Research snapshot: fighting ovarian cancer with natural killer cells

February 24, 2016

Ovarian cancer is the most lethal gynecologic malignancy. While there are treatment options, the survival rate of women with epithelial ovarian cancer has changed little in the last 30 years.

Now, a National Institute of Health (NIH) grant awarded to University of Minnesota experts will aid a study for a new immunotherapy that could potentially treat the deadly cancer. The project will be led by Bruce Walcheck, Ph.D., professor in the University of Minnesota Veterinary and Biomedical Services Department at the College of Veterinary Medicine, Jimmy Wu, Ph.D. associate professor in the University of Minnesota Veterinary and Biomedical Sciences Department at the College of Veterinary Medicine, and Dan Kaufman, M.D., Ph.D., director of the cell therapy program at the University of California- San Diego.

Still in its infancy, the study will look at a molecule found on the surface of natural killer (NK) cells called CD16a. The researchers will look at how the shedding of this receptor affects NK cells, and how this could influence their ability to kill ovarian cancer cells.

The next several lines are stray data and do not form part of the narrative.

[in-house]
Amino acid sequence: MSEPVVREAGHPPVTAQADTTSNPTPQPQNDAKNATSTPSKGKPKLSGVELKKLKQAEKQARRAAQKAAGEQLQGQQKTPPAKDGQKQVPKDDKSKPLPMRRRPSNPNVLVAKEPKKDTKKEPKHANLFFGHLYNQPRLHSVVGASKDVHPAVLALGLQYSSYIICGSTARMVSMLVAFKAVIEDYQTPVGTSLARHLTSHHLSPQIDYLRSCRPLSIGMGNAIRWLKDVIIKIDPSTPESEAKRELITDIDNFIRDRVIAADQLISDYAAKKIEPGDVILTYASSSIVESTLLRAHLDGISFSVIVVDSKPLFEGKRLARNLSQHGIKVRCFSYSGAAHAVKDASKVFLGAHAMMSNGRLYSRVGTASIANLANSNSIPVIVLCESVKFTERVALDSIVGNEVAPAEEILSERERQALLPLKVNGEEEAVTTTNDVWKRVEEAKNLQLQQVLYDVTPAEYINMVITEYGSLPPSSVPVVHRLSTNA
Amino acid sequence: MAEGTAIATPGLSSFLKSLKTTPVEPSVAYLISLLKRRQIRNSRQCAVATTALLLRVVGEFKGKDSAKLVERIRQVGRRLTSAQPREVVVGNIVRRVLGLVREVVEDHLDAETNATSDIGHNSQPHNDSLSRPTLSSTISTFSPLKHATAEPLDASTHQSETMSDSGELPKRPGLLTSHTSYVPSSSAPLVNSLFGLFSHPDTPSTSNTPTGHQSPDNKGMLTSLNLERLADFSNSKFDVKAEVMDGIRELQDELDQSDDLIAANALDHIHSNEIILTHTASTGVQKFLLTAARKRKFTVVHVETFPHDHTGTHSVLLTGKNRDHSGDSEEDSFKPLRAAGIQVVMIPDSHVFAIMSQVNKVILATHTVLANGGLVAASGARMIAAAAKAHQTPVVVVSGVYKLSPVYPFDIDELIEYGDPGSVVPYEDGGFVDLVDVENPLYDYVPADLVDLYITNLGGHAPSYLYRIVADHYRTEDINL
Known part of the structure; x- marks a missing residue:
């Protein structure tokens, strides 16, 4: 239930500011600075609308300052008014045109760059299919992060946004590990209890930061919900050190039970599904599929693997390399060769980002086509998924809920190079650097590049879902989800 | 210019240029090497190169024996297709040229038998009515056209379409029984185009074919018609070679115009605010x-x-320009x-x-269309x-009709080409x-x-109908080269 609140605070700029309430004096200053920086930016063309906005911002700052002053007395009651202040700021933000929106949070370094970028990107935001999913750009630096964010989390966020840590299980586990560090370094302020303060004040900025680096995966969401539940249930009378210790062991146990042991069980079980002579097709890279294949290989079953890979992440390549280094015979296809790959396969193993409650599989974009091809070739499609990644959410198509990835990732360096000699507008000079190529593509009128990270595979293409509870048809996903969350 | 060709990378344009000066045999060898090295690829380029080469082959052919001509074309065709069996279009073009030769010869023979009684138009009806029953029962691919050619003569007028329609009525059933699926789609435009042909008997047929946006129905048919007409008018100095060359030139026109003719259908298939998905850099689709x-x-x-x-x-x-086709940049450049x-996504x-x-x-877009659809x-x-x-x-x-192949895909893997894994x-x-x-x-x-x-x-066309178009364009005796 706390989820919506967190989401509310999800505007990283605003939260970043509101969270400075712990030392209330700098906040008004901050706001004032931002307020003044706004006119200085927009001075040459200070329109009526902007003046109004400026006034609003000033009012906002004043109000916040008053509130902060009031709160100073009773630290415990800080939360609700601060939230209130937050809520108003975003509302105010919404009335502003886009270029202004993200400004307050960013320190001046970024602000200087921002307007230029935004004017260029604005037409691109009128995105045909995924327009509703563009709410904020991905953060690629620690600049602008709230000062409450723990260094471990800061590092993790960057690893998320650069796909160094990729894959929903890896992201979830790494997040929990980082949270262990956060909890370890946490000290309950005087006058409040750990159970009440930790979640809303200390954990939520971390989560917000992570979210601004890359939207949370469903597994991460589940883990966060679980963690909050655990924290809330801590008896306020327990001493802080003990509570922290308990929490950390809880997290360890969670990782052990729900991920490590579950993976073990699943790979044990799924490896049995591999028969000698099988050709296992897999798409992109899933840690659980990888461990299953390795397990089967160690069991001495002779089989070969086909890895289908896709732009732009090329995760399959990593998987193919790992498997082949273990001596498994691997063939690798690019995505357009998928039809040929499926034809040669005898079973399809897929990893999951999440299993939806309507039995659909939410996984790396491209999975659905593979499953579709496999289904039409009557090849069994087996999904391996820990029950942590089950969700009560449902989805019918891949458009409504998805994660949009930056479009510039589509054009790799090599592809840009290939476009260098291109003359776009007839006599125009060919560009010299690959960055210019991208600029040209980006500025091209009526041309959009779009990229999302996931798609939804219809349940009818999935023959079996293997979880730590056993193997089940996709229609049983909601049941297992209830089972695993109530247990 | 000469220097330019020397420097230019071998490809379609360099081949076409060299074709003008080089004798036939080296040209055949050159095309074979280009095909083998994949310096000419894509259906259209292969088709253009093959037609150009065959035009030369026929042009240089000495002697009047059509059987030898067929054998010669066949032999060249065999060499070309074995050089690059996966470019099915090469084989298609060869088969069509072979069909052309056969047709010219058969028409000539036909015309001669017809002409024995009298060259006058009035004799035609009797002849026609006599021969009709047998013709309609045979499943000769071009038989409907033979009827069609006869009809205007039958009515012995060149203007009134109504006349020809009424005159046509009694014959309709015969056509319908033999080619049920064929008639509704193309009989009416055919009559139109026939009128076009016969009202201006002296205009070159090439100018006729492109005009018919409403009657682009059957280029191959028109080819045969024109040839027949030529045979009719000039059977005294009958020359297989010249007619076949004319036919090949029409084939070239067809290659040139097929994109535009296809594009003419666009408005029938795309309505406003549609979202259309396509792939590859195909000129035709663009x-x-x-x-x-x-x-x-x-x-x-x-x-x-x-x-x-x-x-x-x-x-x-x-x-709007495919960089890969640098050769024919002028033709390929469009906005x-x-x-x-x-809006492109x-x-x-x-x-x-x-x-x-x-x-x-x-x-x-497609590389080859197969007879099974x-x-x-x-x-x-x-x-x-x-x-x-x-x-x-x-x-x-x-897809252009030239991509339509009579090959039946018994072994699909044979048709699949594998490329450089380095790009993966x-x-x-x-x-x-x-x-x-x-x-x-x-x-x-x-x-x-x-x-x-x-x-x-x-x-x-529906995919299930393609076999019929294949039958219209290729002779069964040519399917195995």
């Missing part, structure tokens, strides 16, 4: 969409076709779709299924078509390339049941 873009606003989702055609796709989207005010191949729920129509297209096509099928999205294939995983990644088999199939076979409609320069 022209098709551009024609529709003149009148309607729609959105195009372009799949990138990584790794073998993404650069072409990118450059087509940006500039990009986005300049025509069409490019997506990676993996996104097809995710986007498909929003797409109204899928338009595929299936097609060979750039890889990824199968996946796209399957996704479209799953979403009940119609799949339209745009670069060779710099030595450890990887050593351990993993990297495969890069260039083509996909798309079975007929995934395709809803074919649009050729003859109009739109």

“We’re focusing on ovarian cancer because it’s a type of cancer that has not responded well to immunotherapy,” Walcheck said. “But we believe we can apply this approach to other cancers in the future.”

NK cells are immune cells, or white blood cells, that can bind to and kill cancer cells by the use of their CD16a receptors. But CD16a can be stripped off the cell surface when natural killers are stimulated within the tumor. This diminishes the NK cell’s ability to kill cancer cells.

This study will use techniques that allow the NK cells to activate without losing the CD16a receptor, enhancing their overall anti-cancer activity.

“The long term goal is to make a super natural killer cell in the lab and put them into patients to fight certain types of cancers better,” Walcheck said.

The project will begin as basic biomedical research, but Walcheck hopes it will lead to a cancer therapy available to humans.

“With NIH funding and a multidisciplinary research team at the University of Minnesota, we are trying to use our understanding of the immune system to enhance its ability to fight cancer,” Walcheck said.